Tabuk University was established in 2006. It is located some 8 miles from the city center on the road to Duba (not Dubai). The expanse on which the university buildings and facilities are erected fills you with a sense of loss. You absolutely need a car to move around from one college to another. In another ten years Tabuk University will be an autonomous and thriving town in itself.

university of Tabuk

university of Tabuk buildings

For me this was not happy news. There is literally no means of public transportation, and being a foreigner I had to get a local driving licence first in order to be able to buy or rent a car. There are a few taxis which operate in the airport area, but are far too scarce to find circulating inside the town. You could, however, ride a Dabbab which is a small pick-up car. In Morocco, they call it Honda and used it mostly for carrying merchandise or sheep during the Eid  Adha. Here in Tabuk Dabbab was a la mode.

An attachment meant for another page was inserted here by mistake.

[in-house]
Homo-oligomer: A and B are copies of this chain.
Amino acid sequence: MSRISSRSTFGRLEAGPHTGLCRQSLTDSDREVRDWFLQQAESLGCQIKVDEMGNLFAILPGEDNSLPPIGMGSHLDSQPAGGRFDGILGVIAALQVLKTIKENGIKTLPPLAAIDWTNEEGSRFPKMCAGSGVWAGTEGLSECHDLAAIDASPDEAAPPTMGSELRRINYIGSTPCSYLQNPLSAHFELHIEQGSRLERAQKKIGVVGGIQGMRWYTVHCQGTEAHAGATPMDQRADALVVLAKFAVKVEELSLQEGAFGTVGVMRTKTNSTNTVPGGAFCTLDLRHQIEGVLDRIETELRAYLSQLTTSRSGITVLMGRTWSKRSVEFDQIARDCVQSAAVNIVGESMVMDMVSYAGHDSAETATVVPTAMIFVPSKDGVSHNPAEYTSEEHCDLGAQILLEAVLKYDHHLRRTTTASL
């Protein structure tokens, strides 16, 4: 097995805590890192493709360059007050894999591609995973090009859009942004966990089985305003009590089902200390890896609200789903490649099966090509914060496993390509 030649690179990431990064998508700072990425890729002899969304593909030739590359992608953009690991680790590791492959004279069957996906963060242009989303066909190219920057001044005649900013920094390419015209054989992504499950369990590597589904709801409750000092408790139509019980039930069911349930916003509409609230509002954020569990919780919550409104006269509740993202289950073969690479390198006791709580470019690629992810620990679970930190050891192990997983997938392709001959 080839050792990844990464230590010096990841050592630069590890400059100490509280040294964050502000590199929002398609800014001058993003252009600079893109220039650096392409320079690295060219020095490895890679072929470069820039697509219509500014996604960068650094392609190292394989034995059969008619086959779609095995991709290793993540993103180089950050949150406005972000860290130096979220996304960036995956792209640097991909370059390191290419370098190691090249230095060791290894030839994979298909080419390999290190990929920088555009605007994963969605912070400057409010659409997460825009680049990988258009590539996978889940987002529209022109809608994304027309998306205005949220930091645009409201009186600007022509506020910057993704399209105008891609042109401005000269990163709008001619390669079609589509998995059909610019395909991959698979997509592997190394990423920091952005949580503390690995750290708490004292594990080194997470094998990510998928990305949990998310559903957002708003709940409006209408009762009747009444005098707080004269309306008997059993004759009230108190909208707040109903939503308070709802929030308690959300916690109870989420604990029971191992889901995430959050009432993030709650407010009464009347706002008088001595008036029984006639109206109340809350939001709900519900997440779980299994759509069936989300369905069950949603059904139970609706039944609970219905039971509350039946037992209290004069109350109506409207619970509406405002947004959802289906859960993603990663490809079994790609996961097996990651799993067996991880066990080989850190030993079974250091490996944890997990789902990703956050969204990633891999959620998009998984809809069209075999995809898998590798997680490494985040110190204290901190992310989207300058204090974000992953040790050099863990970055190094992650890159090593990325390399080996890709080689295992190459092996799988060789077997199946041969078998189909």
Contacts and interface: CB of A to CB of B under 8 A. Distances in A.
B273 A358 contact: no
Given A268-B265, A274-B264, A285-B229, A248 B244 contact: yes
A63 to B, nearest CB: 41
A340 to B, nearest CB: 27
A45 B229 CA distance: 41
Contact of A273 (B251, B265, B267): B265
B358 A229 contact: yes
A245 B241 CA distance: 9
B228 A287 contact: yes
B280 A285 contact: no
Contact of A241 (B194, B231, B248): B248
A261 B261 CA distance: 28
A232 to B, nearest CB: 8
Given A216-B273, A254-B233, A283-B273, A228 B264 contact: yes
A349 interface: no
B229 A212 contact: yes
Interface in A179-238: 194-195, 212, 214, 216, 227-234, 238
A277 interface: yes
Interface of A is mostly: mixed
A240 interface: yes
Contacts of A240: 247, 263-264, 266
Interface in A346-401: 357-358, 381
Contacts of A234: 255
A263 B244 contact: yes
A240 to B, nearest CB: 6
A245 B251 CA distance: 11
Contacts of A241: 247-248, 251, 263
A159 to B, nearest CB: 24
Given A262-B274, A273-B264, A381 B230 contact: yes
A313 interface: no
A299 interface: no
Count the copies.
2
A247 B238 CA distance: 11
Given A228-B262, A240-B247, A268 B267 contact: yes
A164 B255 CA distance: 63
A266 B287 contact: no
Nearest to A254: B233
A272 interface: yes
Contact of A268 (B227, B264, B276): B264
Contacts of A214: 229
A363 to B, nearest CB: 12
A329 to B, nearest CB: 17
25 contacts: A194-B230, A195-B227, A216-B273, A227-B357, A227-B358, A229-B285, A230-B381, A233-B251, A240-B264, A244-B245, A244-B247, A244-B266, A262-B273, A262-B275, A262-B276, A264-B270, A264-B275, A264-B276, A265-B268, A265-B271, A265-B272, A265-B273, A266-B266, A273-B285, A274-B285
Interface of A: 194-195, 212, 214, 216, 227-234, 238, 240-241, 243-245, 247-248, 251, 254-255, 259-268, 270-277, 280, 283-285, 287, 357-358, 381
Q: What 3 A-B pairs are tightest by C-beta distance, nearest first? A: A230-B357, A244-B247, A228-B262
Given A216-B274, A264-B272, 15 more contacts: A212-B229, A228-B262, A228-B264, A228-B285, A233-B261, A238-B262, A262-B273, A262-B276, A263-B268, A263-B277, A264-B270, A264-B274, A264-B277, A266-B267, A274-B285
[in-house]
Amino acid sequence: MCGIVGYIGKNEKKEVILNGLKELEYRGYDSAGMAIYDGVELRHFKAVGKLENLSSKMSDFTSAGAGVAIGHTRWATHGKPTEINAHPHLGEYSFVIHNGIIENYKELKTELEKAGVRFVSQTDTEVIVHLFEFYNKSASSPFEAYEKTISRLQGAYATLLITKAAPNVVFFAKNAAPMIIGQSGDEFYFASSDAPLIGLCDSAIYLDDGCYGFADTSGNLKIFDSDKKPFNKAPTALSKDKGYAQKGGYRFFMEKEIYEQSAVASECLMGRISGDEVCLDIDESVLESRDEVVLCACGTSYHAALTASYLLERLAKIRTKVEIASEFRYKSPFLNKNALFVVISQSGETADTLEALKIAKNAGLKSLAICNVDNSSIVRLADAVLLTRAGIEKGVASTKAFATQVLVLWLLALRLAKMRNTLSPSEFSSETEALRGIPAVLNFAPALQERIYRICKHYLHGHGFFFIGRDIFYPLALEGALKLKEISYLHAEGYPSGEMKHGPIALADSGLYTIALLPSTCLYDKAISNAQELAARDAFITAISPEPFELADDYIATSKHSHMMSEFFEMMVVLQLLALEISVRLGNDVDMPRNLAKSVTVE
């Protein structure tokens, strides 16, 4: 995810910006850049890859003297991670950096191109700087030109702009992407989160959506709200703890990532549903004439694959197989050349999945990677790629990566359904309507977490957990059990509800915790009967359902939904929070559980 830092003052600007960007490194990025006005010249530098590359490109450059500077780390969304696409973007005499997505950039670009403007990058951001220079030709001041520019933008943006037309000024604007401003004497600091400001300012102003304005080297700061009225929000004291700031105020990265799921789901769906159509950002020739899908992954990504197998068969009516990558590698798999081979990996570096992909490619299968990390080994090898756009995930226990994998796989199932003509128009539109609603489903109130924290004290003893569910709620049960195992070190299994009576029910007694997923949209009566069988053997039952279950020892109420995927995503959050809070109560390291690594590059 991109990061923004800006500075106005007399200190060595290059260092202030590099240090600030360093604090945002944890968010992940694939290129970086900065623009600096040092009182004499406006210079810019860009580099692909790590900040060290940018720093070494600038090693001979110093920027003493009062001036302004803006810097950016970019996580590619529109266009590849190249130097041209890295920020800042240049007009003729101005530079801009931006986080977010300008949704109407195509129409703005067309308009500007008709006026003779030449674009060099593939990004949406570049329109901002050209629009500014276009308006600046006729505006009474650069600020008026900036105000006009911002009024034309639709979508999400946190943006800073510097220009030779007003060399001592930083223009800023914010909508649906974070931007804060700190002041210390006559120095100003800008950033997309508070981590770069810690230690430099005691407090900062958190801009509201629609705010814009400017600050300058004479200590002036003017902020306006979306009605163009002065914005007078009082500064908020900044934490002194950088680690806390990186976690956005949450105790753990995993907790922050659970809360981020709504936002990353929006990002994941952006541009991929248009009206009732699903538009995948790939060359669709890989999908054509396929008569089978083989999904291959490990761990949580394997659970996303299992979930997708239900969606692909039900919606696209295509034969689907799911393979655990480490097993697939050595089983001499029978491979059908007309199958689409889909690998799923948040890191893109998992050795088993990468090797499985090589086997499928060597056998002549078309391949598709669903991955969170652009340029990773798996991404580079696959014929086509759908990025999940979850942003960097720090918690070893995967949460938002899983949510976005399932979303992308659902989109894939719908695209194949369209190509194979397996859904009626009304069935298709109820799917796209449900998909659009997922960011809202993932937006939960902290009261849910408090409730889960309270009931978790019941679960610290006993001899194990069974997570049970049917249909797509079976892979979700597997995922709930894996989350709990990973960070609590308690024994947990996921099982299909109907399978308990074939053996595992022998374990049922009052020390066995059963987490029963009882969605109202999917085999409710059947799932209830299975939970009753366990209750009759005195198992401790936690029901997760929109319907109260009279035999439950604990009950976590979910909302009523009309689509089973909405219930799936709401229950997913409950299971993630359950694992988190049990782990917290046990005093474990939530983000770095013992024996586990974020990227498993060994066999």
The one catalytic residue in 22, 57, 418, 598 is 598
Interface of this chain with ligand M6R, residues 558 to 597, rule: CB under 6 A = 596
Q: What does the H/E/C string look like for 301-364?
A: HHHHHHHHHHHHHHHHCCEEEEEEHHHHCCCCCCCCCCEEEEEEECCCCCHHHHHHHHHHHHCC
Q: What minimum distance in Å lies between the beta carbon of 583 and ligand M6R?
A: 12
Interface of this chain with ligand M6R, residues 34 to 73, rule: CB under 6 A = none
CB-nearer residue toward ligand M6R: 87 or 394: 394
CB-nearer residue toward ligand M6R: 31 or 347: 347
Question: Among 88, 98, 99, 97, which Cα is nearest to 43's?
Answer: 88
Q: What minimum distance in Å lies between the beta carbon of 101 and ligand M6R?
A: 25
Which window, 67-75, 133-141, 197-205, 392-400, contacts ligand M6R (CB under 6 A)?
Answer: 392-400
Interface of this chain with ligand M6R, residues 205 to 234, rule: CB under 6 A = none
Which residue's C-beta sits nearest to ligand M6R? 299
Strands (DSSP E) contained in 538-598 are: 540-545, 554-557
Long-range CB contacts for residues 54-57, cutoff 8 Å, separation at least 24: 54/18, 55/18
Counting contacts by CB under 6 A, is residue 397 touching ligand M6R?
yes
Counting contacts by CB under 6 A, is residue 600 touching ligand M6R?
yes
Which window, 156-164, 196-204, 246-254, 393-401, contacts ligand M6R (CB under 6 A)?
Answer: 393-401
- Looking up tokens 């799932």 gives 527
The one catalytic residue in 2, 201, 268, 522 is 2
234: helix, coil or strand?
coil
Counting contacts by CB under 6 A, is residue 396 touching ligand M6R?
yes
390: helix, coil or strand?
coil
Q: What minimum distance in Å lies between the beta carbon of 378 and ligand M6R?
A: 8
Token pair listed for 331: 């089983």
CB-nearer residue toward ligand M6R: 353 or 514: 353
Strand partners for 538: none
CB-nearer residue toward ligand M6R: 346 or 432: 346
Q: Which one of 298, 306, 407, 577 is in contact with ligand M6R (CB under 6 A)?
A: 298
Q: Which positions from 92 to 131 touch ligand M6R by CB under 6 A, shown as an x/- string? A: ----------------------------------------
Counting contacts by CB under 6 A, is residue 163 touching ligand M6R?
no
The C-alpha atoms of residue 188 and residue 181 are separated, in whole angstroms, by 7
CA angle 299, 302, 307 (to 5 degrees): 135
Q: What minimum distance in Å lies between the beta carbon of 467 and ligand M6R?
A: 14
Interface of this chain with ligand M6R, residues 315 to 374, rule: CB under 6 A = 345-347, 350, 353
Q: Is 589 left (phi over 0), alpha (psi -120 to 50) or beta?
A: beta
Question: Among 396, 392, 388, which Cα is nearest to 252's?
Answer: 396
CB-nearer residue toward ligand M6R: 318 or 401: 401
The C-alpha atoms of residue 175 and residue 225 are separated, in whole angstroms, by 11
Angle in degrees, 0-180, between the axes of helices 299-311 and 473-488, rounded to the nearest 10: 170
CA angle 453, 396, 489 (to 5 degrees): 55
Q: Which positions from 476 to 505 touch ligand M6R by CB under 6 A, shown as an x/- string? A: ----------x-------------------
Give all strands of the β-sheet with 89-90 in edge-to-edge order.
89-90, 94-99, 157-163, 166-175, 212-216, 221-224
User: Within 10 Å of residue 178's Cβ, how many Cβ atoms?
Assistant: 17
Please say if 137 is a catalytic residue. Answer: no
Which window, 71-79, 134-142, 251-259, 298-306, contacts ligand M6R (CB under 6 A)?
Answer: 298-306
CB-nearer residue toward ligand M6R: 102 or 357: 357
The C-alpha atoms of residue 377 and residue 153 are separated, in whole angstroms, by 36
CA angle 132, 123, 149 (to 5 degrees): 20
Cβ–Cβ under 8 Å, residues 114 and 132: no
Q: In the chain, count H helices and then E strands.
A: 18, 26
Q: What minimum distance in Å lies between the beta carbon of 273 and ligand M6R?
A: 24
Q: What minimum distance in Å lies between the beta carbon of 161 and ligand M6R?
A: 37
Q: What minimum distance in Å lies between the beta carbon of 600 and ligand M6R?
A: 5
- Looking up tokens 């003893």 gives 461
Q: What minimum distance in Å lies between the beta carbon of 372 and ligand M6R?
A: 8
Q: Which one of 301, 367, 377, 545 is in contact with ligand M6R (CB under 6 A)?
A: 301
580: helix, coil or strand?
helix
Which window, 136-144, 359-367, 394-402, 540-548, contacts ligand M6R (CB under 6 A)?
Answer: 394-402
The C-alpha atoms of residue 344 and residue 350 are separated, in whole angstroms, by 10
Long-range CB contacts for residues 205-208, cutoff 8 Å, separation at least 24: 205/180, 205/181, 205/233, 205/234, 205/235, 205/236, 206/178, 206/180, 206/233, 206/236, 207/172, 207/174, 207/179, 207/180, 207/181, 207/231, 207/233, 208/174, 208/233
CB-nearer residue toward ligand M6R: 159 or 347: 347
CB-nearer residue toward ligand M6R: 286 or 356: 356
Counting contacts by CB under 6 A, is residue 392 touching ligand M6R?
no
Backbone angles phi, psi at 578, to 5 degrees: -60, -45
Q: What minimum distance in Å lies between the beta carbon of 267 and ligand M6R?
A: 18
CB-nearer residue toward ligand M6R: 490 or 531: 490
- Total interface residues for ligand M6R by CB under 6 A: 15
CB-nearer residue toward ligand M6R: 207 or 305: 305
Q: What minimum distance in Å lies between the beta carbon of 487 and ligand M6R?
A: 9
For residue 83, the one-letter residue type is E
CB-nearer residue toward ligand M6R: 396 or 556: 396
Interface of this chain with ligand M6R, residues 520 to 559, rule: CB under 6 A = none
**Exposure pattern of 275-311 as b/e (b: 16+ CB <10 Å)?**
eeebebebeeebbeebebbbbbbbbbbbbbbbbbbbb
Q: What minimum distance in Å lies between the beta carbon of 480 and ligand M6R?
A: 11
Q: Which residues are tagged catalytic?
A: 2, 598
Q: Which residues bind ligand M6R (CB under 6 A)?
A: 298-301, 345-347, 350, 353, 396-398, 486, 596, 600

If you have been used to comfortable and spacious taxis, you have to swallow your pride and be grateful. The conversation that follows with the Dabbab driver will make you soon forget your plight. The typical questions which begin with your origins and date of arrival quickly turn into such private matters as your salary and cost of rent. But mind you this is a way of socializing and not mere nosiness.